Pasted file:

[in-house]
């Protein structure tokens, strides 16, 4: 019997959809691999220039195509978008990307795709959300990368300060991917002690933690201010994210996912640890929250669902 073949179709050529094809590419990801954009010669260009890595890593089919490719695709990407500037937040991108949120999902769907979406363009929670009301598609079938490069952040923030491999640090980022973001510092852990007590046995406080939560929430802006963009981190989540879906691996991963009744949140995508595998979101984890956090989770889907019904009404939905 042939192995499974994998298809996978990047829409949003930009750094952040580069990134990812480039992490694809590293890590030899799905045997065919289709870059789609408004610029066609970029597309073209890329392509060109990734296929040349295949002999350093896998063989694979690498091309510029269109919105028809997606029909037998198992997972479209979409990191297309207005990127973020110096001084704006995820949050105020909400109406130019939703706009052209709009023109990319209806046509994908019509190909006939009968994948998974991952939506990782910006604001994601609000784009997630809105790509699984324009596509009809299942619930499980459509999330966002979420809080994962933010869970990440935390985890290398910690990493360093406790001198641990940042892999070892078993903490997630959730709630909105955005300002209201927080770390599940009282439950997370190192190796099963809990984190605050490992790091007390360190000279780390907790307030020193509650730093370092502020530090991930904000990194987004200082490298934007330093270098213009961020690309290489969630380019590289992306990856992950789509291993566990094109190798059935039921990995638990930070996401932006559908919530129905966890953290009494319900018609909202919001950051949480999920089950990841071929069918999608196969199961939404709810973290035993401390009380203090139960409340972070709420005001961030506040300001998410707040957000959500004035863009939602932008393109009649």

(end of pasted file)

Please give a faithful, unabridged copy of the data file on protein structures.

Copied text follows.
[in-house]
């Protein structure tokens, strides 16, 4: 019997959809691999220039195509978008990307795709959300990368300060991917002690933690201010994210996912640890929250669902 073949179709050529094809590419990801954009010669260009890595890593089919490719695709990407500037937040991108949120999902769907979406363009929670009301598609079938490069952040923030491999640090980022973001510092852990007590046995406080939560929430802006963009981190989540879906691996991963009744949140995508595998979101984890956090989770889907019904009404939905 042939192995499974994998298809996978990047829409949003930009750094952040580069990134990812480039992490694809590293890590030899799905045997065919289709870059789609408004610029066609970029597309073209890329392509060109990734296929040349295949002999350093896998063989694979690498091309510029269109919105028809997606029909037998198992997972479209979409990191297309207005990127973020110096001084704006995820949050105020909400109406130019939703706009052209709009023109990319209806046509994908019509190909006939009968994948998974991952939506990782910006604001994601609000784009997630809105790509699984324009596509009809299942619930499980459509999330966002979420809080994962933010869970990440935390985890290398910690990493360093406790001198641990940042892999070892078993903490997630959730709630909105955005300002209201927080770390599940009282439950997370190192190796099963809990984190605050490992790091007390360190000279780390907790307030020193509650730093370092502020530090991930904000990194987004200082490298934007330093270098213009961020690309290489969630380019590289992306990856992950789509291993566990094109190798059935039921990995638990930070996401932006559908919530129905966890953290009494319900018609909202919001950051949480999920089950990841071929069918999608196969199961939404709810973290035993401390009380203090139960409340972070709420005001961030506040300001998410707040957000959500004035863009939602932008393109009649």